The University of Manitoba's Master’s in Genetic Counselling program is accredited by the Accreditation Council for Genetic Counseling (ACGC), located at 4400 College Blvd., Ste. 220, Overland Park, KS 66211, web address www.gceducation.org. ACGC can be reached by phone at 913.222.8668.
Counselling and Other Experiences
Successful candidates will have a demonstrated interest in genetic counselling. Practical counselling experience is required. This could include work with crisis programs, planned parenthood and peer-to-peer counselling, either in person or by telephone, paid or volunteer. Most of these experiences provide training. Exposures to genetic counselling clinics, professional organizations, genetic research and patient advocacy are an asset.
Proof of English Proficiency
An acceptable score on an English Language Proficiency Test is required of all applicants unless they have received a high school diploma or a university degree from Canada or one of the countries listed on the English Language Test Exemption List prior to admission. The University of Manitoba does not accept test scores that are more than two (2) years old.
All applicants must complete a self-declaration regarding criminal records, pending criminal charges and registration on the child abuse registry as an offender; this self-declaration must be done at the time of application.
A Criminal Record Search Certificate, declaration of pending criminal charges, child abuse registry self-check and an adult abuse registry self-check are required at the time of registration and annually thereafter. Applicants will need to comply with any University policy on criminal record and abuse checks that may be in effect as of the time of registration.
The deadline for all admission documents is January 15 for a Program start date of September of the same calendar year (for both Canadian/US and International Students). The application process opens November 15.
The application package is comprised of:
Applicants must submit their online application only when they have obtained all of the above documents by the January 15 deadline. Incomplete applications will not be reviewed:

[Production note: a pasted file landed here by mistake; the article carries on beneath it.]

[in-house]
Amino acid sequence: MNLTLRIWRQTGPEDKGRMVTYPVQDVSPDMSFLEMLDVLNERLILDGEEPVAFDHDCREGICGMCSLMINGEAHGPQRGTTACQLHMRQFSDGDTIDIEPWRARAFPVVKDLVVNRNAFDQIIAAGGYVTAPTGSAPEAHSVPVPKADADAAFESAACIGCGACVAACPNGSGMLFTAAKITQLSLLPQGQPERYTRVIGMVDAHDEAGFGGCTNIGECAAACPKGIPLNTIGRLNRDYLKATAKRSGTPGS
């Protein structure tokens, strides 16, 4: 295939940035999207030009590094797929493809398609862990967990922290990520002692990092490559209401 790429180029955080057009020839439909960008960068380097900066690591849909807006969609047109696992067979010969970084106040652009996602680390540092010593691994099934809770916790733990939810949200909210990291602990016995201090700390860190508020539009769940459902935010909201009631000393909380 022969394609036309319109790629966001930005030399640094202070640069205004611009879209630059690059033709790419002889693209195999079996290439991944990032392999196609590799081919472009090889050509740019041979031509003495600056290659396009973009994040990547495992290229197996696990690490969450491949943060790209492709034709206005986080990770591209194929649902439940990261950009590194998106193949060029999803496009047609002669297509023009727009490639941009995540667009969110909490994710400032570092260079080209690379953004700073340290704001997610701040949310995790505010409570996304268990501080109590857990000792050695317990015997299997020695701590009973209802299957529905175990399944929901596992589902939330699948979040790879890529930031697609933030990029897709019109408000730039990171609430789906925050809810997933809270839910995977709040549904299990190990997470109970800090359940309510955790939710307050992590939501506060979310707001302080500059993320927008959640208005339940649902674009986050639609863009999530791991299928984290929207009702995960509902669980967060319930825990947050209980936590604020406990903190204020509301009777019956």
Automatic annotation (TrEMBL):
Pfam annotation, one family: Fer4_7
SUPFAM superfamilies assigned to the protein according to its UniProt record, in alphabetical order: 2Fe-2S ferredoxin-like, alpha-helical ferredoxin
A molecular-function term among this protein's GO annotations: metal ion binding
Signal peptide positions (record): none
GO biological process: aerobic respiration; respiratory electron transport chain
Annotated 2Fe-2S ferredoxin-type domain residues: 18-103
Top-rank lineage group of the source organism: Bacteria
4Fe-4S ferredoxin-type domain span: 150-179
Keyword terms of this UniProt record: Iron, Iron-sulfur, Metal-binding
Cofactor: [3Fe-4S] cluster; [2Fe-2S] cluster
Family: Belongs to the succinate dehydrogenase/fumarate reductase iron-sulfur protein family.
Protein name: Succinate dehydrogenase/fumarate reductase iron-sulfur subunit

Students short-listed for potential admission into the program will be invited for a personal interview in March and April. The interview process will include an orientation session, a tour of the facilities and interviews.
Genetic Counselling Admissions Match
Three students will be accepted into the program each year. The University of Manitoba GCP participates in the Genetic Counselling Admissions Match beginning with admissions for Fall 2018 for a 2 year MSc program, track number 12710. All applicants are required to register with the match, prior to applying to participating programs. The GC Admissions Match has been established to enhance the process of placing applicants into positions in masters-level genetic counseling programs that are accredited by the Accreditation Council for Genetic Counseling (ACGC). The Match uses a process that takes into account both applicants’ and programs’ preferences. All applicants must first register for the Match with NMS before applying to participating genetic counseling graduate programs. At the conclusion of all program interviews, both applicants and programs will submit ranked lists of preferred placements to NMS according to deadlines posted on the NMS website. The binding results of the Match will be released to both applicants and programs simultaneously in late April.